again the amount of time is represented by the area of the circle.
The graph on the bottom (Figure 4) shows the locations players
visited (X axis) by representations of NPC-player interactions (Y
axis). NPCs that players interact with are represented by blue
rectangles. NPCs that players do not interact with are represented
by white rectangles. The graph also shows the sequence of areas
visited. The player first went from area A to B, then C, then B to
D, and so on. Thus, analysts can track when players talked with
any specific character. Gray rectangles represent NPCs that
players interacted with in a previous visit to a specific area. The
size of the rectangle is related to the amount of time players spent
talking to an NPC. If analysts mouse over a rectangle in the graph,
they will see how much time players spent talking to that NPC on
average, and if that NPC was a key NPC or not.
4.3 Visualizing where maps are activated

Figure 5: Analyzing when and where players interacted with the
It is important to know where players open the map and how much
time they spend with the map active. Based on this information
designers can hypothesize (and then test) if players are getting lost
in a specific level or not. The yellow dots on top of the map
represent locations and relative amount of time players spent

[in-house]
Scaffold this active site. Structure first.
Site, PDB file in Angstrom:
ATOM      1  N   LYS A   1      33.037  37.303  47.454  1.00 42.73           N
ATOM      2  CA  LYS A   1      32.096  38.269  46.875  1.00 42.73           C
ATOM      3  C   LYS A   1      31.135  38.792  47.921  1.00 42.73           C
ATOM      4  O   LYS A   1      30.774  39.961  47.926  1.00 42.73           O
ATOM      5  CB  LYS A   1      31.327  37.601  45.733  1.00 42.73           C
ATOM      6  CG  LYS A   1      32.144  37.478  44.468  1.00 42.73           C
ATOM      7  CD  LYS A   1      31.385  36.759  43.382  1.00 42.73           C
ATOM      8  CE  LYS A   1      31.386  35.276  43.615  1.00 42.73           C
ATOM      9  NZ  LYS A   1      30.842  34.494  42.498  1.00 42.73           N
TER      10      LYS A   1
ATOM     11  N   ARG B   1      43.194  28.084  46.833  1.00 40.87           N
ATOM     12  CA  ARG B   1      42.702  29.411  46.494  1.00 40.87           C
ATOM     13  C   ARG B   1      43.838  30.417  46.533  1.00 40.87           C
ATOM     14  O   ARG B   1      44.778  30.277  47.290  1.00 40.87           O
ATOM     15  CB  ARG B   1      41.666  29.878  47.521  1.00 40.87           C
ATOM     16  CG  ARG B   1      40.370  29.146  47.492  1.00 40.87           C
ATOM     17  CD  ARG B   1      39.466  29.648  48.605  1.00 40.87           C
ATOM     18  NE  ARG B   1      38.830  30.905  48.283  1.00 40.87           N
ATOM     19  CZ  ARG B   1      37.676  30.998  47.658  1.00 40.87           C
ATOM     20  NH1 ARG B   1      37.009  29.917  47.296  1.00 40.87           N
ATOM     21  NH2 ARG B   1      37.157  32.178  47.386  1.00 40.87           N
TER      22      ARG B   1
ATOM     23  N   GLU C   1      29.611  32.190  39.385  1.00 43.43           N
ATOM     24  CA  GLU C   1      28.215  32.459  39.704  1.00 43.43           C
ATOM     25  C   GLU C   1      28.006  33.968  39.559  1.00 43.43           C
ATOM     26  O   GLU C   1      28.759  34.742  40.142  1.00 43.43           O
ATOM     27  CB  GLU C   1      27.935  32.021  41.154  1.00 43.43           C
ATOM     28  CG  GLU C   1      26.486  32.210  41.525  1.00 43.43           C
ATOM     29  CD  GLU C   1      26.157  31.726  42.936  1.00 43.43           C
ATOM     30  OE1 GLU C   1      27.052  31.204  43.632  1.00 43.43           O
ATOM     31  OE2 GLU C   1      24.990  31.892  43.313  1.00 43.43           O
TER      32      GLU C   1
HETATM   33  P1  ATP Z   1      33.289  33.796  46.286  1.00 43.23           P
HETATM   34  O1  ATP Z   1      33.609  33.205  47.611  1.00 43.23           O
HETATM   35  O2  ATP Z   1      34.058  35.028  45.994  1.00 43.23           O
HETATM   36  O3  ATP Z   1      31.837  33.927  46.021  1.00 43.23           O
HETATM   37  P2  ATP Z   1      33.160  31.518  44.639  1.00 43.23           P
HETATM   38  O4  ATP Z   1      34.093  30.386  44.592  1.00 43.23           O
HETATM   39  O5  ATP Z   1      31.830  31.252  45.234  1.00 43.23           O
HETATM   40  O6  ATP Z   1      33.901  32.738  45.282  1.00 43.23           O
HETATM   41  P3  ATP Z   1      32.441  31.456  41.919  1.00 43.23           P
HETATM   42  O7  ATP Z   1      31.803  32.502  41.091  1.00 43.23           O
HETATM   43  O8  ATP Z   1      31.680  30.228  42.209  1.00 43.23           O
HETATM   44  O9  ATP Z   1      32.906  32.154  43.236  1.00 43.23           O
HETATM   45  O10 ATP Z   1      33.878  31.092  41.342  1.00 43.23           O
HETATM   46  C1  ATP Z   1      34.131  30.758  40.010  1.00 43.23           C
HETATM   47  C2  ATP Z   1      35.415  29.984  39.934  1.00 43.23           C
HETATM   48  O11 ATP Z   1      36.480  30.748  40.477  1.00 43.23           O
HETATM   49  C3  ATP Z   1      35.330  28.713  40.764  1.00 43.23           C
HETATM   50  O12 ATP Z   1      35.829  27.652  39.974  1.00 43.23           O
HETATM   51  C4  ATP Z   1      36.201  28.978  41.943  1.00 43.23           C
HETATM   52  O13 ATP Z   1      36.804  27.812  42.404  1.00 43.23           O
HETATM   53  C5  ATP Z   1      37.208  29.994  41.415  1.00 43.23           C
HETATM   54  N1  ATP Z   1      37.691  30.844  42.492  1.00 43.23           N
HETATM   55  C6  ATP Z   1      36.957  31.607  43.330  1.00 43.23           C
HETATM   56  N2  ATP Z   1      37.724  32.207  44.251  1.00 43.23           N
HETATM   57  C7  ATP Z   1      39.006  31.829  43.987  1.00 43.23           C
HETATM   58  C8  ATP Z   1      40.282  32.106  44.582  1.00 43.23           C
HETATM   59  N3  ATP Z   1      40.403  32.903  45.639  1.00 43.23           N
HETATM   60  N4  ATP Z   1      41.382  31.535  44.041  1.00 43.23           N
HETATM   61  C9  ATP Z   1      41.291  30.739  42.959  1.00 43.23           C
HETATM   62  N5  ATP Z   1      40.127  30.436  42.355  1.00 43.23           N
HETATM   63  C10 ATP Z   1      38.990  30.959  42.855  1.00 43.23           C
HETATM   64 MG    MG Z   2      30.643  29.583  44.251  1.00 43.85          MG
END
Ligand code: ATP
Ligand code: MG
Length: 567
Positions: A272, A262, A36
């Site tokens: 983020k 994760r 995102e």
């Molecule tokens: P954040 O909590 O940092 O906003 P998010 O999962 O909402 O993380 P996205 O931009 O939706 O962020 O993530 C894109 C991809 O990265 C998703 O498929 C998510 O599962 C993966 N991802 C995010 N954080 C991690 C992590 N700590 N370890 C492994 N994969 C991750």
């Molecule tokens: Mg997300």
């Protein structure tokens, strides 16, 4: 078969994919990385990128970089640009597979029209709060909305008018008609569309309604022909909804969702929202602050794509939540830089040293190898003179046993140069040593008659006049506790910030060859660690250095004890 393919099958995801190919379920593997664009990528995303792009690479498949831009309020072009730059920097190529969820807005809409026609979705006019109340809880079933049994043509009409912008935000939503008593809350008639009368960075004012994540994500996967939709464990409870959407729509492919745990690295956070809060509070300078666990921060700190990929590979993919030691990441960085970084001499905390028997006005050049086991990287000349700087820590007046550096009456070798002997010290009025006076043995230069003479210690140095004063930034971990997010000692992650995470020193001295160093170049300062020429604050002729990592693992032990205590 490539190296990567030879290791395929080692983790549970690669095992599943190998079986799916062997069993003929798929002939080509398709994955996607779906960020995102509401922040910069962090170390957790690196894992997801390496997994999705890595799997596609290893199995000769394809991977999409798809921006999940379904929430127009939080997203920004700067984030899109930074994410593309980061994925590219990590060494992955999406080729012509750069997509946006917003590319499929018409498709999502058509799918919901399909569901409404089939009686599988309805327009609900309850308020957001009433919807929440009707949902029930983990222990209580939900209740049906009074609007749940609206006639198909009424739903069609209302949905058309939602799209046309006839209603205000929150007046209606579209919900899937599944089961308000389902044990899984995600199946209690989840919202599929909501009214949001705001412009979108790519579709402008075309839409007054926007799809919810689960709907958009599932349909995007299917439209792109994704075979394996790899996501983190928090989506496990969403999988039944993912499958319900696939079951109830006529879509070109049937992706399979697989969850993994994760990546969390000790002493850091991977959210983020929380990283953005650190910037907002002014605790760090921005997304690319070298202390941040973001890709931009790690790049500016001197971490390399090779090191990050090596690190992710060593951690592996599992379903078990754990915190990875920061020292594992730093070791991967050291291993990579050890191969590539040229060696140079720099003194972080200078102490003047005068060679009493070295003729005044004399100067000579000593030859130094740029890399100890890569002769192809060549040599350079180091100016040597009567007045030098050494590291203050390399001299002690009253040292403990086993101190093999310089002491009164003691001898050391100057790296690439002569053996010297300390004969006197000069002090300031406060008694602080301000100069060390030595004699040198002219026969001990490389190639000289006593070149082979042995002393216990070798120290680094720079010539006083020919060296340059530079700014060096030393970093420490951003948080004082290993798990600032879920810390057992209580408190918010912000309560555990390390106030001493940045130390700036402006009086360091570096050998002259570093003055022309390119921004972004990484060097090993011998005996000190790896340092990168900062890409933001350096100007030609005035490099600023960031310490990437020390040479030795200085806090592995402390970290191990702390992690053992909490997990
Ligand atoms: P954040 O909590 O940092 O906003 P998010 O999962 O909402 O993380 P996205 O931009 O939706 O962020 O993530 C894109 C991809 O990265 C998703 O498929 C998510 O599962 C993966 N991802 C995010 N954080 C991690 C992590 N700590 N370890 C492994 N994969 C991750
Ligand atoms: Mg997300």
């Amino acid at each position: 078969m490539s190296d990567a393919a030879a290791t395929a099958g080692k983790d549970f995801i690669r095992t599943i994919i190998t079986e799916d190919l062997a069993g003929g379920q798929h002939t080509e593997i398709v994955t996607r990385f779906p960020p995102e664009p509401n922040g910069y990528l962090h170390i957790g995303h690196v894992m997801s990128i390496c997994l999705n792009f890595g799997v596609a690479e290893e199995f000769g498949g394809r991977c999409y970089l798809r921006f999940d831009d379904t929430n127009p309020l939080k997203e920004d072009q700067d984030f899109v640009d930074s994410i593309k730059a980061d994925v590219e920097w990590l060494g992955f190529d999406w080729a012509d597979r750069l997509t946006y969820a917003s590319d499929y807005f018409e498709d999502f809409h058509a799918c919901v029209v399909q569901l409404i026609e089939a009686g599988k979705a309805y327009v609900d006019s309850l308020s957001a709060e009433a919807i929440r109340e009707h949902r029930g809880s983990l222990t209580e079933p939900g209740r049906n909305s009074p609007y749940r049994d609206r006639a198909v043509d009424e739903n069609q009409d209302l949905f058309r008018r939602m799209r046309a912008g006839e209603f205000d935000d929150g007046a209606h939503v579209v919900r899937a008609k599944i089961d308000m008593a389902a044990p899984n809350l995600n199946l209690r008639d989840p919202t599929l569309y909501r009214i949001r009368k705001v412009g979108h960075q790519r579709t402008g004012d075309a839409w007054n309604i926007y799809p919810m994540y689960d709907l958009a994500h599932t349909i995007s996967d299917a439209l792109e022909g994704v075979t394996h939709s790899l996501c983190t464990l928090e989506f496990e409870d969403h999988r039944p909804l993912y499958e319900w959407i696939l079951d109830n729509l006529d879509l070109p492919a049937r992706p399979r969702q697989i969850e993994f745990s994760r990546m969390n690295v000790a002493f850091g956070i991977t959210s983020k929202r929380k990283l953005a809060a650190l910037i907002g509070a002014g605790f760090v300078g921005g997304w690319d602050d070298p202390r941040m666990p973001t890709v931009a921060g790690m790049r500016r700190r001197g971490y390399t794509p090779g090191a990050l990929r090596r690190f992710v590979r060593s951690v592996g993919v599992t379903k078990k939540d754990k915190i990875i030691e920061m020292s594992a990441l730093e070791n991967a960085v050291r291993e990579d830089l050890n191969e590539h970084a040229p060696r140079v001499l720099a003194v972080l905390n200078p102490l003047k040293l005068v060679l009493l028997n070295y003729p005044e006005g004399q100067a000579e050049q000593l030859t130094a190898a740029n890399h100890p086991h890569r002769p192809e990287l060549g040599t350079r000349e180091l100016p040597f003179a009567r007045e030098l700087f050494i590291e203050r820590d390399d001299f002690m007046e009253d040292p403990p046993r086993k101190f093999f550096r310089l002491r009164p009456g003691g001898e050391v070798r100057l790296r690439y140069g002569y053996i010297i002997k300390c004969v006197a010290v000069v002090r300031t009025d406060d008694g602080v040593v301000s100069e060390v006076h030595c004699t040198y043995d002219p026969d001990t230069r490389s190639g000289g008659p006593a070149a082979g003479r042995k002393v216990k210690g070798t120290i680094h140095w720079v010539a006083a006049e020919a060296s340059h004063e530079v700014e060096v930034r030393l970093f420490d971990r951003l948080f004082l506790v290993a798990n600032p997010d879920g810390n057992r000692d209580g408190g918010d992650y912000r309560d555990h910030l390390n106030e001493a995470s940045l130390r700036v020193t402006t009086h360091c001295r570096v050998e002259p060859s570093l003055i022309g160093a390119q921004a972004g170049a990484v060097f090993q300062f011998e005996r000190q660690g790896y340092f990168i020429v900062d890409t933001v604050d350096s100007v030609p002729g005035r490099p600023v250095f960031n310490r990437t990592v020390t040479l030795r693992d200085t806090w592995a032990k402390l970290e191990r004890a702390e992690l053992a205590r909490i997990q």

checking the map (Figure 5). Based on this visualization, analysts
can see the most problematic areas in the level. Also, by analyzing
the graph on the bottom of the screen, analysts can verify when
and where players started checking the map and for how long.
4.4 Visualizing items collected
There are key items in the game that should not be missed by
players. Figure 6 shows how the system visualizes such data. Each
item collected in the game is represented by a purple dot on the
map. Dots are placed according to the area the items are located in
the level. Gray dots represent items that were not collected by the
player. The graph on the bottom of Figure 6 works similarly to the
graph of Figure 4.

Figure 6: Analysis of items collected
4.5 Visualizing players’ paths

Figure 7: Analysis of player paths and movement
It is important to visualize and understand how players navigate
through the level. Paths followed by players are represented by
green lines on top of the map (Figure 7). The more players
navigate through an area, the thicker the line representing that path